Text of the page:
Hide Articles List

19 articles on this Page

- THE TRANSVAAL.1

News
Cite
Share

THE TRANSVAAL. 1 A quarterly journal published in Natal, under the 1 auspices of the Pietermantzburg Young Men's I Christian Association, says the Times, gives in its last number an article-Notes on the Transvaalâbelieved to be the result of careful personal observation. The :J- writer sets the actual extent of the country down at Xj 116,000 square miles but he thinks that surveysmay v show this estimate to be under the mark. He is of opinion that the country is capable of growing wheat in any quantity-of becoming what it is in name, a veritable corn-chamber; but it has bein said by many that. owing to the necessity of irriga- tion and the cost of it. only a small percentage Of the corn-growing land will be found capable of cultivation. He puts down the minerals that are commercially valuable, as gold, copper, lead, cobalt, iro*. ioa1' ,the ,?fter ex'shn? ln enormous quantities, and being almost everywhere procured with facility." He states that "the igno- rance of the people can scarcely be over-eghmattd; the present generation of Transvaal Boers has Badly degenerated." The natives are very different from the Zulus. As a race they are not so conservative, nit so warlike they are imitative, and take kindly to industrial pursuits, but are inferior to Zulus in pby- â¢ijrte and in Dot.le bearinp." The Natal Mercury says: V y Our Utrecht (Transvaal) correspondent, who hBS so parsistentJy complained that the L*w Courts have 'L baen a bulwark to land-iobbing and land swindling, tails us that a new order of things has been ushered in with the new rule. If the bugaan stable hs not yet been cleansed, it is in II fair way to be to. Chief Justice Kotze, young though he is, has bad the g 3od sense and the courage to signalise his assumption of office by a thorough discountenancing of previous malpractices. Weaccept our correspondent's authority t jt this last statement, and we do so the morereadily as Mr. Kotze was not anomineeof the British Govern- ment. He received bis appointment before the Re- public ceased to ba. and is identtned with the Cape Dutch section of the population, rather than with any newer imported element. That he has shown a wise discretion and a sound judgment in setting his face re- solutely against any corrupt or even equivocal ten- dt-neiesin the judicial administration of the territory cannotbe doubted. It is the pride and glory of the British jadiciary that it is above suspicion. It is of peculiar importance that in matters of land title, the credit of the Government and the claims of justice should be maintained. Large areas of Transvaal land are already changin? hands in England and else- where and should it be found by the buyers that they have bought properties which are no properties, fatal and lasting injury will be done to the material interests of the country. As it is, we greatly fear that many innocent investors and purchasers in England are imagining themselves the possessors of farms which will turn out very questionable bargains. No part of the local administration will entail greater trouble, or necessitate closer scrutiny, than that which concern the survey of and titles to land. The reckless way in which farms have been sold or granted during the last 15 or 20 years does not find a parallel even during the early days of NataL It is positively stated that the new Govern- ment finds no land left for its disposal, so that in the matter of real estate it is worse off even than Natal. On the other hand, we conceive it to be quite pos- sible that, with vigorously applied legislation, many of these farms may revert to Government by reason of there being no recognisable owners of them." The Natal Mercury says also: "Oar correspondent hears that at the recent conference the Zulu chiefs claimed for Oety- wayo, as the boundary of his territory, the line of the Drakensberg and the Bdffalo, which would not only include the disputed territory-now occupied by Boer farmersâbut all Utrecht and a part of Wak- kerstroom, districts that have been for over twenty years in the undisturbed possession of the Transvaal Government. If this story be true, the pretensions of the Znla King have ridiculously expanded of late, and we have no doubt that Sir T. Bhepstone's reply Was becomingly emphatic and summary. No man in South Africa knows better how to rebuke the I noble savage' than does his Excellency and the successor of Chaka' is not likely to brook any undue assump- tions on the part of the ambitious King-no longer young nowâwhom he first recognittd' and then crowned." "A correspondent in Zulu- land, under date October 26th, sends us an interesting communication, the purport of which is to show that there is no reason for apprehension regarding the attitude ef the Zulus. The retirement of the mis- sionaries, about the middle of this year, was the result of a groundless scare. Most of them have since re- turned to their stations. The Zulus, he says, will not make war unless a European force first crosses their bjundary."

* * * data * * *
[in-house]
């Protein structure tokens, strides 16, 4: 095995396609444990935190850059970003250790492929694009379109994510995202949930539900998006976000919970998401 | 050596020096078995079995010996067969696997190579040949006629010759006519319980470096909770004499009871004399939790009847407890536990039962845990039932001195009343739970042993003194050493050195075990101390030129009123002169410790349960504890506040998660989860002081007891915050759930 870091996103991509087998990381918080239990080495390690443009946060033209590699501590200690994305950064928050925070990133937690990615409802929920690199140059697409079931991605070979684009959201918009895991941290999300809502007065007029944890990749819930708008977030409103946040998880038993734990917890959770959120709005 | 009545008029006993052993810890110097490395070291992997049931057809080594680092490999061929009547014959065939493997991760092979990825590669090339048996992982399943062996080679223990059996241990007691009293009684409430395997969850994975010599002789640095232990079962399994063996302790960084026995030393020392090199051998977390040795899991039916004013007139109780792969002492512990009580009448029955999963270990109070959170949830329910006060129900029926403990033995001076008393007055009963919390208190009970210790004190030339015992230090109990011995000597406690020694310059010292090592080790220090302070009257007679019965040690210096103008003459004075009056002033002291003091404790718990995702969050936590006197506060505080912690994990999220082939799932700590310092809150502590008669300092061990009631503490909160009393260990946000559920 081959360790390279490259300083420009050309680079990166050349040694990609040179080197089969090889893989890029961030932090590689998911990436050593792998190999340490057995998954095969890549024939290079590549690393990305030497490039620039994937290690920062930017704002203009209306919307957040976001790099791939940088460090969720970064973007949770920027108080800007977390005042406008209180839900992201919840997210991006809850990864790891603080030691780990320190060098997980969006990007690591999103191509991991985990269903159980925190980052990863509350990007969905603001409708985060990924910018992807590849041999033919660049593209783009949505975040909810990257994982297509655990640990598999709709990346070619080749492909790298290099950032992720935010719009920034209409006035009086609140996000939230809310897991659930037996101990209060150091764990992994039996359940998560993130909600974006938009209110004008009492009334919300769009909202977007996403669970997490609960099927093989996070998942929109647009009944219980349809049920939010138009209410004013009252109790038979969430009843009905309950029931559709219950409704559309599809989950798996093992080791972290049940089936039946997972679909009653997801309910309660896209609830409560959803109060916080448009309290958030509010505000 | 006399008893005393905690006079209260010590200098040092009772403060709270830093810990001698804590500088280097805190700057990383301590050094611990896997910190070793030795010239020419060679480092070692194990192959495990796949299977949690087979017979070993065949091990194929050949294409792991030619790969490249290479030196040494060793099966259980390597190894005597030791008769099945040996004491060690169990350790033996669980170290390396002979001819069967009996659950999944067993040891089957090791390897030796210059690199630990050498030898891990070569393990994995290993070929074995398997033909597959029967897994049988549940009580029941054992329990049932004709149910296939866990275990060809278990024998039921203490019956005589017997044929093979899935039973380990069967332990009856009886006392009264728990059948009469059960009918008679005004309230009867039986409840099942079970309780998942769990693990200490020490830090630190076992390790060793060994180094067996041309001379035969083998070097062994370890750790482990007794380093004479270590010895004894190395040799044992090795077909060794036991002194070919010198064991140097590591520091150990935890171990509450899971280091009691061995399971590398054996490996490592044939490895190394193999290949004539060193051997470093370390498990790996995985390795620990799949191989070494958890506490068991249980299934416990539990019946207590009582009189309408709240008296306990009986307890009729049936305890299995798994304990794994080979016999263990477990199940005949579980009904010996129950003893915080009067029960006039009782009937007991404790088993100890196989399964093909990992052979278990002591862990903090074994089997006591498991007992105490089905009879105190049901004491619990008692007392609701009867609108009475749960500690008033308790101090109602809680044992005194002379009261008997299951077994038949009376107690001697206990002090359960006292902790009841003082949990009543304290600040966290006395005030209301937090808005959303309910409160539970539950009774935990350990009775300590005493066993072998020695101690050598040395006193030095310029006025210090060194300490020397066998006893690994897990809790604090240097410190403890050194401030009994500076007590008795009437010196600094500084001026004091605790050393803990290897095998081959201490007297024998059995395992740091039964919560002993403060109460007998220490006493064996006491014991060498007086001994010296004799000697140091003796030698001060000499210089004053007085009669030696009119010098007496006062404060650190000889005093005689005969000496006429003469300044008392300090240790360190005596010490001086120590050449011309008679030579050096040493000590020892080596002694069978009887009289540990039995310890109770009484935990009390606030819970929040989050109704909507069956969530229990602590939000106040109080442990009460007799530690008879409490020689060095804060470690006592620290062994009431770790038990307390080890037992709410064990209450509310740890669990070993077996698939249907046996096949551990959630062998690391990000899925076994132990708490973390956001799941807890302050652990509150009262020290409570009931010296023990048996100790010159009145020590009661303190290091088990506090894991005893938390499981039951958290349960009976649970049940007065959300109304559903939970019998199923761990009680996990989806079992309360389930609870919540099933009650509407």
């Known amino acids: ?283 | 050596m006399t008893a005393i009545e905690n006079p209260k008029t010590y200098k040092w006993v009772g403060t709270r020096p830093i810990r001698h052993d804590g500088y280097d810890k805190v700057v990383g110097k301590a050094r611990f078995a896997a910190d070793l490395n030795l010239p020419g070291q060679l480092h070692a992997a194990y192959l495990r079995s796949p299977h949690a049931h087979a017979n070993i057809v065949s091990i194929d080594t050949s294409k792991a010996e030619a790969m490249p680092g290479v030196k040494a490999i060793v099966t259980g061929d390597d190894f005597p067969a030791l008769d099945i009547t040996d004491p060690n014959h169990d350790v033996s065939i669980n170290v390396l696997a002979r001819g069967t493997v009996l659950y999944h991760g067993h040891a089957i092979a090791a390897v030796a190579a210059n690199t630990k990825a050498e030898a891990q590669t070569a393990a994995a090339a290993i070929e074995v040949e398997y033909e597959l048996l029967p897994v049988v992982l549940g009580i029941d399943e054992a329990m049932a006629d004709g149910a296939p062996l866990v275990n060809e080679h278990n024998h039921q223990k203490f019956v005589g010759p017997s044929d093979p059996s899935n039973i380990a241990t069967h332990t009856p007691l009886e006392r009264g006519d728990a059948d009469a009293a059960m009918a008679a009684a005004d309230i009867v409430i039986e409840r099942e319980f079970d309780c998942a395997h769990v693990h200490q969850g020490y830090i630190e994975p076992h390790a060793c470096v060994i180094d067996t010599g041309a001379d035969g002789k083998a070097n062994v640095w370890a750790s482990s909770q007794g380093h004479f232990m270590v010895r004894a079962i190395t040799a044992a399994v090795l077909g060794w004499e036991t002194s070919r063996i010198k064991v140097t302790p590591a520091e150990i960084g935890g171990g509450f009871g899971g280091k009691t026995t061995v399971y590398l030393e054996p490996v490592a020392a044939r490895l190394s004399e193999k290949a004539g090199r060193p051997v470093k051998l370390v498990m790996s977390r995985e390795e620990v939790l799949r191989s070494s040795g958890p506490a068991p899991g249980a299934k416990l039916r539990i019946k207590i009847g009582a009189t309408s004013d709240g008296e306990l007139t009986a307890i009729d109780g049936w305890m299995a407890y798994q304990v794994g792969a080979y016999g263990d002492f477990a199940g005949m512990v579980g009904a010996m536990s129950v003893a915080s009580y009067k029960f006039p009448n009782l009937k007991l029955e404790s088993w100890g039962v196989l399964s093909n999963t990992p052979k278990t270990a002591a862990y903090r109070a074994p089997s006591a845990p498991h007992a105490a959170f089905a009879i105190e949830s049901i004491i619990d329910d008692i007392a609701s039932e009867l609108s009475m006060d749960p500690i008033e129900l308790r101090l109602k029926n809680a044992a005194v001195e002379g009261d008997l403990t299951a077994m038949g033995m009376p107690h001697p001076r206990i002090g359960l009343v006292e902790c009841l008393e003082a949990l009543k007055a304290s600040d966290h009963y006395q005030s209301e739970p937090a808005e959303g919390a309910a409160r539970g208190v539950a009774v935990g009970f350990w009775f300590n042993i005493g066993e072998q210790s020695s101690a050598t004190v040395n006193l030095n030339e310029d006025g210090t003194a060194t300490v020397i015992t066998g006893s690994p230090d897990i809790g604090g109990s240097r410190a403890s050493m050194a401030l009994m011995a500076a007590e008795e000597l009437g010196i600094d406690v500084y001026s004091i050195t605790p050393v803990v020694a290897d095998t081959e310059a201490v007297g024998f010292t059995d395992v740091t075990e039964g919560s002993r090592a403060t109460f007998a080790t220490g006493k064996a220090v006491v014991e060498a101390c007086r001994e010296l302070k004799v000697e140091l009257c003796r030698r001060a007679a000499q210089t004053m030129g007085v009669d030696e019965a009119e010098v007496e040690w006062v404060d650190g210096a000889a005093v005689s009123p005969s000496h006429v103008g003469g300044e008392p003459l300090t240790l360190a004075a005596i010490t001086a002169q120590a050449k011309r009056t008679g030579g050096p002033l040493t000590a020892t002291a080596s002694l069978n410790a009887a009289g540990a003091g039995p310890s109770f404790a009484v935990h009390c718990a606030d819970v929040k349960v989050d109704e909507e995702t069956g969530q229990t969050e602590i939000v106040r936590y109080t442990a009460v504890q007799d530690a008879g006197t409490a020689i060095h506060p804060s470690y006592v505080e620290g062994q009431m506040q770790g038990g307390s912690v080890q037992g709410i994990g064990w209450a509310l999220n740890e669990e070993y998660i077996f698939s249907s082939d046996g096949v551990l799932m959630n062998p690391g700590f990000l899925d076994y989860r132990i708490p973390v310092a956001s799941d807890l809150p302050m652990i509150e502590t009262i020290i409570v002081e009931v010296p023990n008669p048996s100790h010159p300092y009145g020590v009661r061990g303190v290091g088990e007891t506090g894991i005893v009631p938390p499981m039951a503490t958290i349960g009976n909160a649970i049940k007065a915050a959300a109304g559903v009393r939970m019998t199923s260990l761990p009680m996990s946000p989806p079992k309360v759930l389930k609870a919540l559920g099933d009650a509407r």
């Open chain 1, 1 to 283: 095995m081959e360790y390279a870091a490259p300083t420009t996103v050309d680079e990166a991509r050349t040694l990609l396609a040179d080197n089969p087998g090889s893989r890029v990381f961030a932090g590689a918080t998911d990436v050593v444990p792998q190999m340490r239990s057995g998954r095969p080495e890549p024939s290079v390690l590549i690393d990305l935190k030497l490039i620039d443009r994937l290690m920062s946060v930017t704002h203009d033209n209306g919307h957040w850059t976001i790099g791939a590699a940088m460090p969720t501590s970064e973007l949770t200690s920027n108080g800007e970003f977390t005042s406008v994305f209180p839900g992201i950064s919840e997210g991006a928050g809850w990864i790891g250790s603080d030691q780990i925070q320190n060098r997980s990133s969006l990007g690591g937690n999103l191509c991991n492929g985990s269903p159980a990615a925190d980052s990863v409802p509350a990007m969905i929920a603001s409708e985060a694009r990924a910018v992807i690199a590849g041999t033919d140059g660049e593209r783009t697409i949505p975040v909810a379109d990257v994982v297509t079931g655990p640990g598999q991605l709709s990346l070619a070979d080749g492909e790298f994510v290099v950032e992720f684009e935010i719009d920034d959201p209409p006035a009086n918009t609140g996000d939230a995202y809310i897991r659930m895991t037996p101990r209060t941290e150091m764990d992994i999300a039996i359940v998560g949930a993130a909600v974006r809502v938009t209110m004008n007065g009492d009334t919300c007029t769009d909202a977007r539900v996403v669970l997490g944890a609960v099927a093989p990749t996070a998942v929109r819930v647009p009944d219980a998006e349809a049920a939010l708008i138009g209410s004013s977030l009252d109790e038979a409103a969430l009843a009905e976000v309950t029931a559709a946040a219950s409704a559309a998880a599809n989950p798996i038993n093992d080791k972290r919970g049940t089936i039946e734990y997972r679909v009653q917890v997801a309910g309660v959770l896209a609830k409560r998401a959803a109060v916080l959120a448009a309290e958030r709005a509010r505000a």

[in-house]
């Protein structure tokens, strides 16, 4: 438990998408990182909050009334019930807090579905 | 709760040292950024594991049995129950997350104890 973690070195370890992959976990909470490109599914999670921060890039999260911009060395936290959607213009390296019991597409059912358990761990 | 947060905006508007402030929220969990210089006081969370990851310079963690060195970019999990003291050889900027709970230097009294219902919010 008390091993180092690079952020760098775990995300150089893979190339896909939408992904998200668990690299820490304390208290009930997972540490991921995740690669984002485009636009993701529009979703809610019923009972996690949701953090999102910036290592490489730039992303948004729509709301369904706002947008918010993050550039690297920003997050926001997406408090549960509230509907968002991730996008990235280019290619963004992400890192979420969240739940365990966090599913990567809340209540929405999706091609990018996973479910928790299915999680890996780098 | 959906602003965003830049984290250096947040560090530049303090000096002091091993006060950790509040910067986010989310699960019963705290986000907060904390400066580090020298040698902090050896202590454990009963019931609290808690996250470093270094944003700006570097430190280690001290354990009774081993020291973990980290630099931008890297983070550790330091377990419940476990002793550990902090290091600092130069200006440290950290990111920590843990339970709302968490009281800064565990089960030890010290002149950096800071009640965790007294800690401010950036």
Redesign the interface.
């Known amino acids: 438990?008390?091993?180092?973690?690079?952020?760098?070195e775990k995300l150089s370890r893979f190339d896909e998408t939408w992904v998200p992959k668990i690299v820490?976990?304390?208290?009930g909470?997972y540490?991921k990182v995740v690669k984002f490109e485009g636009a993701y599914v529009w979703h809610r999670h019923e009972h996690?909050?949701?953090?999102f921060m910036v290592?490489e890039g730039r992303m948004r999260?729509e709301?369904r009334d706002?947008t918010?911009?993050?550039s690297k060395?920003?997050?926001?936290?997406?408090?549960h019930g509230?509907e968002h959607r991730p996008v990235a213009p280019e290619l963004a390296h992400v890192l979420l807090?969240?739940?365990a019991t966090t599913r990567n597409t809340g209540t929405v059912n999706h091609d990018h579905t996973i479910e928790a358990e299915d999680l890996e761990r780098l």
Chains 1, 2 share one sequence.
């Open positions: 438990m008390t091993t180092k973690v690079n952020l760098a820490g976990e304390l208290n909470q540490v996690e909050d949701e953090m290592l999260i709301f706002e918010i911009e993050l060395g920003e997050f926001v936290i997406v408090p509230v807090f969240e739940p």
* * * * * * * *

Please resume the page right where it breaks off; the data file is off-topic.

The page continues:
[No title]

PARIS FASHIONS.

[No title]

AFFECTION, INTREPIDITY, AND…

I AN EXCITABLE NEWSVENDOR.

[No title]

THE EXTRAOR DINARY CHARGE…

REWARDS FOR SAVING LIFE.

NOVEL FIELD SPORTS.

HORRIBLE SCENES IN PLEVNA.

A THRILLING SCENE.

TOUGHENED GLASS TYPES.

IA COLOURED BABY SHOW.

[No title]

ADDRESS OF THE EASTERN QUESTION…

TOWN AND COUNTRY.

[No title]

[No title]